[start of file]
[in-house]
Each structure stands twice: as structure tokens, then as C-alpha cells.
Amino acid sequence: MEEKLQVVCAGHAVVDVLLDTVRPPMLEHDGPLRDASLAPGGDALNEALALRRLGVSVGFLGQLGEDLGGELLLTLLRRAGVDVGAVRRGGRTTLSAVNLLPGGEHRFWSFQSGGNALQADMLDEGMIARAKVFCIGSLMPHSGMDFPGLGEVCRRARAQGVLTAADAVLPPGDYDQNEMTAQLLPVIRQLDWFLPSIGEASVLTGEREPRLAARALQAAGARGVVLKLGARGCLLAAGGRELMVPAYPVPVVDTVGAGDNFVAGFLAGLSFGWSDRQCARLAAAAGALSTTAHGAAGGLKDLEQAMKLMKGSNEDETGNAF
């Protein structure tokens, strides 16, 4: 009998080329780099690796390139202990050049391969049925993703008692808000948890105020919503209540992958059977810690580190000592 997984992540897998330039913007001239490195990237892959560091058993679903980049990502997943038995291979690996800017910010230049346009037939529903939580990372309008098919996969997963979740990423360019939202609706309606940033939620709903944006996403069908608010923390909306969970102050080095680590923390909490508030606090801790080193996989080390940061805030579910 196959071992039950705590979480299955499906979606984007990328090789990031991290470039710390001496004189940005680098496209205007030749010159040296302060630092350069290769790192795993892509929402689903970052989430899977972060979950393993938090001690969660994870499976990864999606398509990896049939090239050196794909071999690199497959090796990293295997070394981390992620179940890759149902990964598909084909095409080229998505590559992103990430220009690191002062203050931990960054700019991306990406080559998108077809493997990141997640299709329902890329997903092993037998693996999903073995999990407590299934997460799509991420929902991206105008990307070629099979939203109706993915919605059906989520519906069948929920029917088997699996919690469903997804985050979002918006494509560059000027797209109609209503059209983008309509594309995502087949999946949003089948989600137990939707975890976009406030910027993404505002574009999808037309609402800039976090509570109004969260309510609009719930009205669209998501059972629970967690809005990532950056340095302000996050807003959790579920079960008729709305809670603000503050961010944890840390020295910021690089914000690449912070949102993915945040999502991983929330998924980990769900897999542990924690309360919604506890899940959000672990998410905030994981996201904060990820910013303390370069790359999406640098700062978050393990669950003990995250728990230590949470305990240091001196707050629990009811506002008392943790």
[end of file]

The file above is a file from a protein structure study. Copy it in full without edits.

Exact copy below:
[in-house]
Each structure stands twice: as structure tokens, then as C-alpha cells.
Amino acid sequence: MEEKLQVVCAGHAVVDVLLDTVRPPMLEHDGPLRDASLAPGGDALNEALALRRLGVSVGFLGQLGEDLGGELLLTLLRRAGVDVGAVRRGGRTTLSAVNLLPGGEHRFWSFQSGGNALQADMLDEGMIARAKVFCIGSLMPHSGMDFPGLGEVCRRARAQGVLTAADAVLPPGDYDQNEMTAQLLPVIRQLDWFLPSIGEASVLTGEREPRLAARALQAAGARGVVLKLGARGCLLAAGGRELMVPAYPVPVVDTVGAGDNFVAGFLAGLSFGWSDRQCARLAAAAGALSTTAHGAAGGLKDLEQAMKLMKGSNEDETGNAF
């Protein structure tokens, strides 16, 4: 009998080329780099690796390139202990050049391969049925993703008692808000948890105020919503209540992958059977810690580190000592 997984992540897998330039913007001239490195990237892959560091058993679903980049990502997943038995291979690996800017910010230049346009037939529903939580990372309008098919996969997963979740990423360019939202609706309606940033939620709903944006996403069908608010923390909306969970102050080095680590923390909490508030606090801790080193996989080390940061805030579910 196959071992039950705590979480299955499906979606984007990328090789990031991290470039710390001496004189940005680098496209205007030749010159040296302060630092350069290769790192795993892509929402689903970052989430899977972060979950393993938090001690969660994870499976990864999606398509990896049939090239050196794909071999690199497959090796990293295997070394981390992620179940890759149902990964598909084909095409080229998505590559992103990430220009690191002062203050931990960054700019991306990406080559998108077809493997990141997640299709329902890329997903092993037998693996999903073995999990407590299934997460799509991420929902991206105008990307070629099979939203109706993915919605059906989520519906069948929920029917088997699996919690469903997804985050979002918006494509560059000027797209109609209503059209983008309509594309995502087949999946949003089948989600137990939707975890976009406030910027993404505002574009999808037309609402800039976090509570109004969260309510609009719930009205669209998501059972629970967690809005990532950056340095302000996050807003959790579920079960008729709305809670603000503050961010944890840390020295910021690089914000690449912070949102993915945040999502991983929330998924980990769900897999542990924690309360919604506890899940959000672990998410905030994981996201904060990820910013303390370069790359999406640098700062978050393990669950003990995250728990230590949470305990240091001196707050629990009811506002008392943790």